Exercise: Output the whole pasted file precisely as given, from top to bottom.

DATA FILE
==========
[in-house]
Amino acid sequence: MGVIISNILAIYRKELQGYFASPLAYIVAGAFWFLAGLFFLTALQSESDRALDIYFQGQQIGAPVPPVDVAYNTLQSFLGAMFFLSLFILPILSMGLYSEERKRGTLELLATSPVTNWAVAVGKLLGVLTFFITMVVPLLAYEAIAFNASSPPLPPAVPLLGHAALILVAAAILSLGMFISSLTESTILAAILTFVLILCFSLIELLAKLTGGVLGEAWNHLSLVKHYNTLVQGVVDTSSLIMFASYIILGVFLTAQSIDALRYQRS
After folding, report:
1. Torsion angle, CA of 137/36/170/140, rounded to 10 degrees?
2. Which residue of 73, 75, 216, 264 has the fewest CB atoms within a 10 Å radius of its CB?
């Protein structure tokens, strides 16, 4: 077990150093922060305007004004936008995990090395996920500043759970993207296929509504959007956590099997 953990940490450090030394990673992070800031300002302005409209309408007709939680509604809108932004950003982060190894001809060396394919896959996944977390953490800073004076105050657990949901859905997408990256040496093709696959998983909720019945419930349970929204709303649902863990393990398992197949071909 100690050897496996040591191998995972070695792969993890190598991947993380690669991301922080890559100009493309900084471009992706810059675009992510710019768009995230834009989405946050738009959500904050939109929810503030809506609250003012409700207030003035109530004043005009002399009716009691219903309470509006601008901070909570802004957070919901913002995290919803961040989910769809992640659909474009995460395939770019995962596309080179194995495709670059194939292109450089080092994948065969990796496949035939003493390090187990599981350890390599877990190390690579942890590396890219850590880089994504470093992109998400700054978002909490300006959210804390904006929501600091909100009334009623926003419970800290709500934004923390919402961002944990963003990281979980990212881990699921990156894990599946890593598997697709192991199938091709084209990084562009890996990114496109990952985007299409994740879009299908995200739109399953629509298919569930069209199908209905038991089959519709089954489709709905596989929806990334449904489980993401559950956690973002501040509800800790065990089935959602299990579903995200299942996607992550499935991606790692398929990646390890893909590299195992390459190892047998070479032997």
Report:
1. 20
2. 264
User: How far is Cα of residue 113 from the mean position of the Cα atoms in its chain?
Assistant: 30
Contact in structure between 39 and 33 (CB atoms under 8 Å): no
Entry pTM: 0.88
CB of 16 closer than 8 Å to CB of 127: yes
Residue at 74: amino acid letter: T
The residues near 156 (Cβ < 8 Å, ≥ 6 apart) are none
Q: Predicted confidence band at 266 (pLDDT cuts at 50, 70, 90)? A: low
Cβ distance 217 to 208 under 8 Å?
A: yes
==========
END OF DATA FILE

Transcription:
[in-house]
Amino acid sequence: MGVIISNILAIYRKELQGYFASPLAYIVAGAFWFLAGLFFLTALQSESDRALDIYFQGQQIGAPVPPVDVAYNTLQSFLGAMFFLSLFILPILSMGLYSEERKRGTLELLATSPVTNWAVAVGKLLGVLTFFITMVVPLLAYEAIAFNASSPPLPPAVPLLGHAALILVAAAILSLGMFISSLTESTILAAILTFVLILCFSLIELLAKLTGGVLGEAWNHLSLVKHYNTLVQGVVDTSSLIMFASYIILGVFLTAQSIDALRYQRS
After folding, report:
1. Torsion angle, CA of 137/36/170/140, rounded to 10 degrees?
2. Which residue of 73, 75, 216, 264 has the fewest CB atoms within a 10 Å radius of its CB?
């Protein structure tokens, strides 16, 4: 077990150093922060305007004004936008995990090395996920500043759970993207296929509504959007956590099997 953990940490450090030394990673992070800031300002302005409209309408007709939680509604809108932004950003982060190894001809060396394919896959996944977390953490800073004076105050657990949901859905997408990256040496093709696959998983909720019945419930349970929204709303649902863990393990398992197949071909 100690050897496996040591191998995972070695792969993890190598991947993380690669991301922080890559100009493309900084471009992706810059675009992510710019768009995230834009989405946050738009959500904050939109929810503030809506609250003012409700207030003035109530004043005009002399009716009691219903309470509006601008901070909570802004957070919901913002995290919803961040989910769809992640659909474009995460395939770019995962596309080179194995495709670059194939292109450089080092994948065969990796496949035939003493390090187990599981350890390599877990190390690579942890590396890219850590880089994504470093992109998400700054978002909490300006959210804390904006929501600091909100009334009623926003419970800290709500934004923390919402961002944990963003990281979980990212881990699921990156894990599946890593598997697709192991199938091709084209990084562009890996990114496109990952985007299409994740879009299908995200739109399953629509298919569930069209199908209905038991089959519709089954489709709905596989929806990334449904489980993401559950956690973002501040509800800790065990089935959602299990579903995200299942996607992550499935991606790692398929990646390890893909590299195992390459190892047998070479032997």
Report:
1. 20
2. 264
User: How far is Cα of residue 113 from the mean position of the Cα atoms in its chain?
Assistant: 30
Contact in structure between 39 and 33 (CB atoms under 8 Å): no
Entry pTM: 0.88
CB of 16 closer than 8 Å to CB of 127: yes
Residue at 74: amino acid letter: T
The residues near 156 (Cβ < 8 Å, ≥ 6 apart) are none
Q: Predicted confidence band at 266 (pLDDT cuts at 50, 70, 90)? A: low
Cβ distance 217 to 208 under 8 Å?
A: yes